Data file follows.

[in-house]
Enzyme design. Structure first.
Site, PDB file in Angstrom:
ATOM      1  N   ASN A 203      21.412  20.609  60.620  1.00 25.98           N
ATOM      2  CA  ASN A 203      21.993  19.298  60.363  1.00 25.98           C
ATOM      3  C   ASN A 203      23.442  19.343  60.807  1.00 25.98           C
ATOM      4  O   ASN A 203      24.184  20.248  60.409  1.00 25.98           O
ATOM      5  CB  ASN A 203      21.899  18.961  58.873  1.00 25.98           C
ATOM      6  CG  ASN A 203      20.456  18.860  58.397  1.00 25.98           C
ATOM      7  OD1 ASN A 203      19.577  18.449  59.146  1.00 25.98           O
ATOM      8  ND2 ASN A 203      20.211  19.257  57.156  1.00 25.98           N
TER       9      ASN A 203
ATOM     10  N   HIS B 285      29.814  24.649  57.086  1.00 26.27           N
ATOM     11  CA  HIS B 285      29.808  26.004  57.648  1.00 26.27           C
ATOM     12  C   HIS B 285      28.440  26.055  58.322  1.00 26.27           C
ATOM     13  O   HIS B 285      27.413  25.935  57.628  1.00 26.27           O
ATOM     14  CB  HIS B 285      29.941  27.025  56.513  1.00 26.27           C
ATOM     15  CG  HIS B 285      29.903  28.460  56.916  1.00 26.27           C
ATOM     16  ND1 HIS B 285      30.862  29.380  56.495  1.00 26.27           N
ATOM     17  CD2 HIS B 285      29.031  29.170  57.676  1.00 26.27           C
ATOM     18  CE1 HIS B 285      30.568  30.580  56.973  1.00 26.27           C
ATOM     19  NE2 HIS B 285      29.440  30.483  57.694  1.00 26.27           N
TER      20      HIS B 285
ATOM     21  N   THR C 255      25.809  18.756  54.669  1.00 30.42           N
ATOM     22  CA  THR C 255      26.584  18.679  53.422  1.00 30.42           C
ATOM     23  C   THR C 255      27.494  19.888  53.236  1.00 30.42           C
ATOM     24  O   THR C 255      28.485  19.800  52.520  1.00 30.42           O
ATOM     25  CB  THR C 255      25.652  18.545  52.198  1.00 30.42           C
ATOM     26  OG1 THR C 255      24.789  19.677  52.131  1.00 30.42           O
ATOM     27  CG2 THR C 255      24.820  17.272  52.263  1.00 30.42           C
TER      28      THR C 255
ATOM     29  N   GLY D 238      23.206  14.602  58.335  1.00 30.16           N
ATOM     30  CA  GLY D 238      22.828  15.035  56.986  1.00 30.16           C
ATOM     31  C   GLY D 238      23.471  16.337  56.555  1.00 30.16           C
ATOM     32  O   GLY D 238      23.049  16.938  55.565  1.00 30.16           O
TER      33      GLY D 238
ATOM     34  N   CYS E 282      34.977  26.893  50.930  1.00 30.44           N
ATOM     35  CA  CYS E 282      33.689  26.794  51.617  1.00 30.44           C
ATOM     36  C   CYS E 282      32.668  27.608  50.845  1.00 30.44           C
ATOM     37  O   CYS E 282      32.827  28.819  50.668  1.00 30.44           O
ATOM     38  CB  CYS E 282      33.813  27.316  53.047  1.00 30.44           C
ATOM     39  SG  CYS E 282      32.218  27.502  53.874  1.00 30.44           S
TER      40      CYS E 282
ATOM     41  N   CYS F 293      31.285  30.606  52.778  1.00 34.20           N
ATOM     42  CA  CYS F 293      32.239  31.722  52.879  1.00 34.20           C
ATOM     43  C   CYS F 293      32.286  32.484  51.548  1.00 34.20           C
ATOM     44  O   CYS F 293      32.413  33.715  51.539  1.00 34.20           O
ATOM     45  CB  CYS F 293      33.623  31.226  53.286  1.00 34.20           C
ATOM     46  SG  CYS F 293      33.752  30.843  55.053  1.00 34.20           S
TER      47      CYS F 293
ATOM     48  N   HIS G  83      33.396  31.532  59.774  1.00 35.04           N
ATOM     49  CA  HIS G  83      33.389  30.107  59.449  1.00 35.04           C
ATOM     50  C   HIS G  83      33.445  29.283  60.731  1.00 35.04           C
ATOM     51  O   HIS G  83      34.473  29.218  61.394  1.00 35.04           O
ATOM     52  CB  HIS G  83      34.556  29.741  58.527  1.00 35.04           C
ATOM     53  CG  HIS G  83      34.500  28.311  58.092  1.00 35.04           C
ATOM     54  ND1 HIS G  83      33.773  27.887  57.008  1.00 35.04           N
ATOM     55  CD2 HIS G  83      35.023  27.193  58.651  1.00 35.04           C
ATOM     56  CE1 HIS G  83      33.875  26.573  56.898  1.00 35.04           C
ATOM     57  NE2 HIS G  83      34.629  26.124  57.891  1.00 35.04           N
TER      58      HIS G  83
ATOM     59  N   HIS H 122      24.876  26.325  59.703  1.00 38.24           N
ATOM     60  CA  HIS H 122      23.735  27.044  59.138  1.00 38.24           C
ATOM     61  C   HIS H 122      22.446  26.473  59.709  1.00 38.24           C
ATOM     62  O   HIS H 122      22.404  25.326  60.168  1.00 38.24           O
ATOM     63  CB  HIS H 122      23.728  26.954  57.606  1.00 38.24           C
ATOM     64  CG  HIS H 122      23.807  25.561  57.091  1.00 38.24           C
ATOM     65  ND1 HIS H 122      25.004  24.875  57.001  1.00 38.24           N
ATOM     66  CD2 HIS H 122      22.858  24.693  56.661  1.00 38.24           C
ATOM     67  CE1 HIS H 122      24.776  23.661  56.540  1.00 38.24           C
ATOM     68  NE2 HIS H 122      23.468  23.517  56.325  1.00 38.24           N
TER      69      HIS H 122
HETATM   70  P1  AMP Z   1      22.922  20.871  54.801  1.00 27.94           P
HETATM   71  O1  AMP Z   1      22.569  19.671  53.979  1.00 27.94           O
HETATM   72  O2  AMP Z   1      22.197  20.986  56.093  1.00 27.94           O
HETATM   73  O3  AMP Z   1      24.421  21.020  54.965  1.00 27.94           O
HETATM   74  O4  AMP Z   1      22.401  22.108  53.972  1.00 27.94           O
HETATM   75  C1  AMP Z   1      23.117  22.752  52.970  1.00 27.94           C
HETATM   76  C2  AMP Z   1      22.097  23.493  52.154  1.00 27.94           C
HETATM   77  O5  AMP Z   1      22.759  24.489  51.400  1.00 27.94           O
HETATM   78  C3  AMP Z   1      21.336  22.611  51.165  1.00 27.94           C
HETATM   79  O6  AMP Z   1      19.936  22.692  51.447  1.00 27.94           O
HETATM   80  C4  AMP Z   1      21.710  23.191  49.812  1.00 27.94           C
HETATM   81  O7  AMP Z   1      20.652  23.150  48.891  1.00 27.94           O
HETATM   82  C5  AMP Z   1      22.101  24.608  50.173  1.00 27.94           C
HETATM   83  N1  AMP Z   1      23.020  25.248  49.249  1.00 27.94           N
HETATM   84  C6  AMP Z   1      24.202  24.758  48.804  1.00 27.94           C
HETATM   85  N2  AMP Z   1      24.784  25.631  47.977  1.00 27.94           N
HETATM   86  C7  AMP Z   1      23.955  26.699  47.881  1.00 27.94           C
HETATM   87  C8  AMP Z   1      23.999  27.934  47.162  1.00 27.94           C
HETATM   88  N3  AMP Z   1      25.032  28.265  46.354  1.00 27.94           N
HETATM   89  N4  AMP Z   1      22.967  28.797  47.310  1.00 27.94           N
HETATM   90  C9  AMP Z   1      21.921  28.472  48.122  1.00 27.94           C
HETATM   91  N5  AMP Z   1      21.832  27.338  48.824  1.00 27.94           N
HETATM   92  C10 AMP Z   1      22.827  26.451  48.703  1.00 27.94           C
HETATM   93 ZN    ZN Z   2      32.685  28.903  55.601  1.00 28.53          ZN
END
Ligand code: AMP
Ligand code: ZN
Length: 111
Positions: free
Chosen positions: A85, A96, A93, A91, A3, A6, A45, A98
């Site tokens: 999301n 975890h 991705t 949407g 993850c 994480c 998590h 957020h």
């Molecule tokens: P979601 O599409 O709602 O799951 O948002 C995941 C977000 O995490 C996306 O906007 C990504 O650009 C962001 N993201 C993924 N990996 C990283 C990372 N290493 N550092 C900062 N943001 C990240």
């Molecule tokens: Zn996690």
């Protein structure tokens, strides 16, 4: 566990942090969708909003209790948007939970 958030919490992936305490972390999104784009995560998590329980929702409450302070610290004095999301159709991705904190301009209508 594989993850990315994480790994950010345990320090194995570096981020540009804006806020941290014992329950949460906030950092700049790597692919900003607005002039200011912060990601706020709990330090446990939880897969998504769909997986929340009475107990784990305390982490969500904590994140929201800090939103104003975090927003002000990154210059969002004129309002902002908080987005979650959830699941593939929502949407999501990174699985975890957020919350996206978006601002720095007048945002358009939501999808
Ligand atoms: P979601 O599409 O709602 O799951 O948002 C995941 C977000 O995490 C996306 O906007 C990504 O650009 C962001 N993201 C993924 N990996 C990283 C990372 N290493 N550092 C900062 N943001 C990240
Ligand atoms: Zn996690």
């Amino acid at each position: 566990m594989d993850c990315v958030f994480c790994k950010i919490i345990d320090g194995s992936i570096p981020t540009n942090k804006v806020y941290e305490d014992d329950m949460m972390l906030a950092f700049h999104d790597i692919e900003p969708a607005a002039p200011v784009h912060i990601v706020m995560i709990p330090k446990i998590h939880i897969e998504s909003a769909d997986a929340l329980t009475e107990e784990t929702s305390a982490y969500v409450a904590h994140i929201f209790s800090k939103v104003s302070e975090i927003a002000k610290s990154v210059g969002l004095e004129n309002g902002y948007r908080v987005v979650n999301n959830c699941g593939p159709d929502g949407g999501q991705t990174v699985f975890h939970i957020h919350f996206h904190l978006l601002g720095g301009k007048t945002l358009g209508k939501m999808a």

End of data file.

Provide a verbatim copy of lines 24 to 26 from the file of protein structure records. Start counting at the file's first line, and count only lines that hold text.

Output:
ATOM     21  N   THR C 255      25.809  18.756  54.669  1.00 30.42           N
ATOM     22  CA  THR C 255      26.584  18.679  53.422  1.00 30.42           C
ATOM     23  C   THR C 255      27.494  19.888  53.236  1.00 30.42           C